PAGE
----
# mapproxy / doc / configuration_examples.rst

The branch 'util_grids' does not exist.

# Configuration examples

This document will show you some usage scenarios of MapProxy and will explain some combinations of configuration options that might be useful for you.

## Merge multiple layers

You have two WMS and want to offer a single layer with data from both servers. Each MapProxy cache can have more than one data source. MapProxy will combine the results from the sources before it stores the tiles on disk. These combined layers can also be requested via tiled services.

The sources should be defined from bottom to top. All sources except the bottom source needs to be transparent.

Example:

layers:
- name: combined_layer
title: Aerial image + roads overlay
sources: [combined_cache]

caches:
combined_cache:
sources: [base, aerial]

sources:
base:
type: wms
wms_opts:
featureinfo: True
version: 1.1.1
req:
transparent: true
aerial:
type: wms
req:
url: http://two.example.org/service?
layers: aerial


Note

If the layers come from the same WMS server, then you can add them direct to the layers parameter. E.g. layers: water,railroads,roads.

### Merge tile sources

You can also merge multiple tile sources. You need to tell MapProxy that all overlay sources are transparent:

sources:
tileoverlay:
type: tile
url: http://localhost:8080/tile?x=%(x)s&y=%(y)s&z=%(z)s&format=png
transparent: true


## Access local servers

By default MapProxy will request data in the same format it uses to cache the data, if you cache files in PNG MapProxy will request all images from the source WMS in PNG. This encoding is quite CPU intensive for your WMS server but reduces the amount of data than needs to be transfered between you WMS and MapProxy. You can use uncompressed TIFF as the request format, if both servers are on the same host or if they are connected with high bandwidth.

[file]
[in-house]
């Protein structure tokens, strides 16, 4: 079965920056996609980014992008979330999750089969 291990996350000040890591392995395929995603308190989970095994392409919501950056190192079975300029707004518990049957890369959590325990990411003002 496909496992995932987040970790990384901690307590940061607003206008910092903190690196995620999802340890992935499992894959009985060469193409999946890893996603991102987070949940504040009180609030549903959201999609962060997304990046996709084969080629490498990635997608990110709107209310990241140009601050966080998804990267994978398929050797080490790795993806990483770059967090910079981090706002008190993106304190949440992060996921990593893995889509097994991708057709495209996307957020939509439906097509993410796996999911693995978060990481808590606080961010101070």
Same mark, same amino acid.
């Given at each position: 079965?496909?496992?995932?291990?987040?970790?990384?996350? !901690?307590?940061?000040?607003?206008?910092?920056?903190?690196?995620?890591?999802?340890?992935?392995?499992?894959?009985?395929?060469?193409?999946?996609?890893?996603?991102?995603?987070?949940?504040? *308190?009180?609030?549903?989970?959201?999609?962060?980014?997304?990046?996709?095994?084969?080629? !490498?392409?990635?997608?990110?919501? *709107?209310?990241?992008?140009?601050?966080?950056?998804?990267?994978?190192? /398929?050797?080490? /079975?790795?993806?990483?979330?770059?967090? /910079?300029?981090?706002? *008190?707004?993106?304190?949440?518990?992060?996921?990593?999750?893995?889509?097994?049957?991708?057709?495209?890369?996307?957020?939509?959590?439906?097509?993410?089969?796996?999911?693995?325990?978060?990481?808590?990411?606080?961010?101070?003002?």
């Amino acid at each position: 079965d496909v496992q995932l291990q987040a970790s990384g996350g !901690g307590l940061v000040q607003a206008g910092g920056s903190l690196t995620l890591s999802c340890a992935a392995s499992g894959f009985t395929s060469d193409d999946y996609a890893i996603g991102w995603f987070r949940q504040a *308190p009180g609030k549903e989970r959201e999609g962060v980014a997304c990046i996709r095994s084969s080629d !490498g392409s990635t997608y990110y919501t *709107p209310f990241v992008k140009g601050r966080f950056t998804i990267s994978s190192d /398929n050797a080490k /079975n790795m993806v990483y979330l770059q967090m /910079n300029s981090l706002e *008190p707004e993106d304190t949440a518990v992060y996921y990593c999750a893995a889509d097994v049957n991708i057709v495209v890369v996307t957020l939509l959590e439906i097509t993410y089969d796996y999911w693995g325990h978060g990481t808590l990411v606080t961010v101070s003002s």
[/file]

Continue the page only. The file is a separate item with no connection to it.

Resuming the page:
Example:

sources:
fast_source:
type: cache_wms
req:
format: image/tiff
transparent: true


## Cache raster data

You have a WMS server that offers raster data like aerial images. By default MapProxy uses PNG images as the caching format. The encoding process for PNG files is very computing intensive and thus the caching process itself takes longer. For aerial images the quality of lose-less image formats like PNG is often not required. For best performance you should use JPEG as the cache format.

By default MapProxy uses bicubic resampling. This resampling method also sharpens the image which is important for vector images. Arial images do not need this, so you can use bilinear or even Nearest Neighbor (nearest) resampling.

caches:
aerial_images_cache:
format: image/jpeg
image:
resampling_method: nearest
sources: [aerial_images]


You might also want to experiment with different compression levels of JPEG. A higher value of jpeg_quality results in better image quality at the cost of slower encoding and lager file sizes. See :ref:mapproxy.yaml configuration <jpeg_quality>.